‘The Recce is a film that defies genre, it’s a personal film about survival, love, duty and sacrifice.’
Cinema audiences are waiting in anticipation for the release of what promises to be this year’s biggest war drama, The Recce, set to release nationwide on 28 September.
This war drama, tells the story of a young Recce, Henk Viljoen (Greg Kriek) , who is wrongfully declared dead behind enemy lines. He must use every resource he has to get home to his distraught wife and family, who are, in turn, fighting their own emotional battles.
Add to this the fact that the enemy is hot on his trail, it’s clear that this is no ordinary story of survival across the treacherous war-torn African landscape. This is also one of the first films in decades to explore issues regarding not only the Border War, but also the pain and suffering families had to endure during and after the conflict that lasted almost 20 years.
This is also one of the first films in decades to explore issues regarding not only the Border War, but also the pain and suffering families had to endure during and after the conflict that lasted almost 20 years.
Writer-Director Ferdinand Johannes Van Zyl believes that the film will provide a cinematic experience that is beyond the genre, a tale of survival, love, duty and sacrifice.
“Filmmaking is a cathartic process for me,” says Van Zyl, who also wrote the screenplay. “The idea for the film started in my head when I visualized a soldier dying in a tree, holding a photo of his wife. My fiancé was pregnant with our son at the time, and I drew a lot from that. I knew that our main protagonist had to make his way back to his pregnant wife, who was also named after my fiancé Nicola. So on a personal level, I drew from my family for inspiration, but all in all, this film is also an ode to men an woman who sacrificed body and mind during the border war. I subsequently met with producer Jac Williams, who believed in the dream. That was almost three years ago.”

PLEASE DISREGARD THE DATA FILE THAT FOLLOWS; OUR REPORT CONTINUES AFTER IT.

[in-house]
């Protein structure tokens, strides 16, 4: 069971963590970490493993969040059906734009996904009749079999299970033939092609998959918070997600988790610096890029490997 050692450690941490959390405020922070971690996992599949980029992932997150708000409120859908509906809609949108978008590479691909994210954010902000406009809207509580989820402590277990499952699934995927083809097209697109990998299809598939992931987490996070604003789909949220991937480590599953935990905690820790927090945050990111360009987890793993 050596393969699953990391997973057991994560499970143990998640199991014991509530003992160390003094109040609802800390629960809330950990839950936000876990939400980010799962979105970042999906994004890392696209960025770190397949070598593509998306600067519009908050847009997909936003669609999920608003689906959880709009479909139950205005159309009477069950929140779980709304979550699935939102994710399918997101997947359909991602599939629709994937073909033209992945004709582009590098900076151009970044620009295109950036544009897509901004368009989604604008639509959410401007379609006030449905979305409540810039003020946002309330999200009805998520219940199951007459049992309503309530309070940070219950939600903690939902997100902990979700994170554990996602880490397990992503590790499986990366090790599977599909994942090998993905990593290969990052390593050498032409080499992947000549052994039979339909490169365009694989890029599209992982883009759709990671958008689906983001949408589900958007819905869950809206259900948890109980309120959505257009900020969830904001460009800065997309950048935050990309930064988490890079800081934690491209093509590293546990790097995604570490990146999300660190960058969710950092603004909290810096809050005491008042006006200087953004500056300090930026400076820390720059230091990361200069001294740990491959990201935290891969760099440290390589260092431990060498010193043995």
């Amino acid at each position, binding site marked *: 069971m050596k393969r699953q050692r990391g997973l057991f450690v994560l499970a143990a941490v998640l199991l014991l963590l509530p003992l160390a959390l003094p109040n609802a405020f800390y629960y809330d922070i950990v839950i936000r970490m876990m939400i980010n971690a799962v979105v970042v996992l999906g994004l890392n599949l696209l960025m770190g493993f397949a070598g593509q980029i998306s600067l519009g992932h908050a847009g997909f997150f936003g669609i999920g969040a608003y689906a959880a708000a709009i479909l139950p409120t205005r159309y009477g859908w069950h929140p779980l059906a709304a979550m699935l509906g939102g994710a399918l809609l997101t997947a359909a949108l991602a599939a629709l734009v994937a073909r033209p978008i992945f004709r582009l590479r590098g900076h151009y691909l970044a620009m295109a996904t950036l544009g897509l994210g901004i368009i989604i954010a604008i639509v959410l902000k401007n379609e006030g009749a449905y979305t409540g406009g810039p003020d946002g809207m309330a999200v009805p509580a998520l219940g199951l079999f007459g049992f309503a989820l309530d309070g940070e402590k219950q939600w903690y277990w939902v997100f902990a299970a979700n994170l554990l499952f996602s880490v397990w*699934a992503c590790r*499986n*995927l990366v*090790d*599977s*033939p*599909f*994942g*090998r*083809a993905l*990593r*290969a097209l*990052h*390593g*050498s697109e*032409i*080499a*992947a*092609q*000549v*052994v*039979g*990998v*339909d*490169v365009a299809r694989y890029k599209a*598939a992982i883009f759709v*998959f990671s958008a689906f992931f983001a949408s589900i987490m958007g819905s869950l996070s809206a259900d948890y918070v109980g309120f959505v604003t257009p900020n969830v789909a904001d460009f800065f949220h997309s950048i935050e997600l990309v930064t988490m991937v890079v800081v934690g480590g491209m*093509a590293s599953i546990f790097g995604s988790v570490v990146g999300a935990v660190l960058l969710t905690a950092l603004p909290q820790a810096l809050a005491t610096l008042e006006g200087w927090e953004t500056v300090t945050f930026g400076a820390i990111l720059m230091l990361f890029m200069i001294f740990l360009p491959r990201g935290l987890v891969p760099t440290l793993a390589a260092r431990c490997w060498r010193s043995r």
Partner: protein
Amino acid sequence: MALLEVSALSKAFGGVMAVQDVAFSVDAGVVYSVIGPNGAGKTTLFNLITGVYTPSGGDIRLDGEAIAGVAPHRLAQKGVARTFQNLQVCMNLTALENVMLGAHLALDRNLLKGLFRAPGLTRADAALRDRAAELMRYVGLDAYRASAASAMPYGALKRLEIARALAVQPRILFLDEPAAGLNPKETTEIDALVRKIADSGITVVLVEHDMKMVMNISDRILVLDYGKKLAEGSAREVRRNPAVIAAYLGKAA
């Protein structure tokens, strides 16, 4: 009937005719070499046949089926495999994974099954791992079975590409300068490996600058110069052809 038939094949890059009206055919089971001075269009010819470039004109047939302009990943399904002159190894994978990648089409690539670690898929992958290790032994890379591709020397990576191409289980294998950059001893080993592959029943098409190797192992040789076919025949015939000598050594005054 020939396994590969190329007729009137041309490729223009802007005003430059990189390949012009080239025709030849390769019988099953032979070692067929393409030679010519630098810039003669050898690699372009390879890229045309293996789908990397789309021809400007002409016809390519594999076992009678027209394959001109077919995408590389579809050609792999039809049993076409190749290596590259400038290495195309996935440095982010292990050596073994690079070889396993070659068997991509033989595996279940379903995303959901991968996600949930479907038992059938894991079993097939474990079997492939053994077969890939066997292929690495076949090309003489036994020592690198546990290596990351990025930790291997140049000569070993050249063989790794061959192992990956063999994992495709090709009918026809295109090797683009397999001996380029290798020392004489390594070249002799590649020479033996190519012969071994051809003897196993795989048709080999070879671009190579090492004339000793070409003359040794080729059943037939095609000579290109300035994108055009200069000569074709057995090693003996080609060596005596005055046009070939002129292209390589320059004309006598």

According to Van Zyl, there has never been a local film like this. Never. ‘People will be presented with a new cinematic language, to a personal cinema that has, for a long time, been lacking locally. We are experiencing an incredible new wave in local cinema at the moment, with so many incredible local artistically driven movies coming out. The Recce falls perfectly in that mold. The Recce is a film that defies genre, it’s a personal film about survival, love, duty and sacrifice.’
The film was produced by Jac Williams through Cape Town based production company Man Makes a Picture, and is the first in a slate of independent features from the company. Executive producers are Jac Williams, Johannes Ferdinand van Zyl and Jacques Le Roux. The Recce is being distributed by Gravel Road Distribution Group, in a multi-country deal.
The Recce was shot in various locations across South Africa. ‘We couldn’t go to Angola, so we had to opt for locations that mimic the warzone. We shot a big part of the film on the Bergrivier farm, in the Eastern Cape. That location was both beautiful, with indigenous forests and tough. Many of the exterior scenes were filmed in the Kouebokkeveld, with its expansive empty vistas. We also shot in the Cedar Mountains, on a private game reserve which burned down, and obviously worked well for a war-torn landscape. We also shot in Kersefontein, which is a very popular location, due to its hauntingly beautiful dry and arid terrain, but also because of its beautiful manor house, which doubled as our protagonist’s childhood home. Other than that, we shot in Worcester, which for the better part, is somewhat of a time capsule, with plenty of 70’s / vintage looking buildings and neighborhoods that worked perfectly for the era’ Van Zyl continued.
The film hosts a star-studded cast, who impressed Van Zyl with their abilities to bring the characters to life. ‘Greg Kriek, played the lead (Recce really stands out to me). He was perfect for the role. Christia Visser was perfect for Nicola…. Marius Weyers is Marius Weyers…he comes in and nails it on the first take, and just keeps on nailing it. Grant Swanby was perfect for Le Roux. Albert Maritz is also one of the greats. He is always one of the first people I think of when I write. He has such a warm presence, and an interesting face. He was perfect for the father.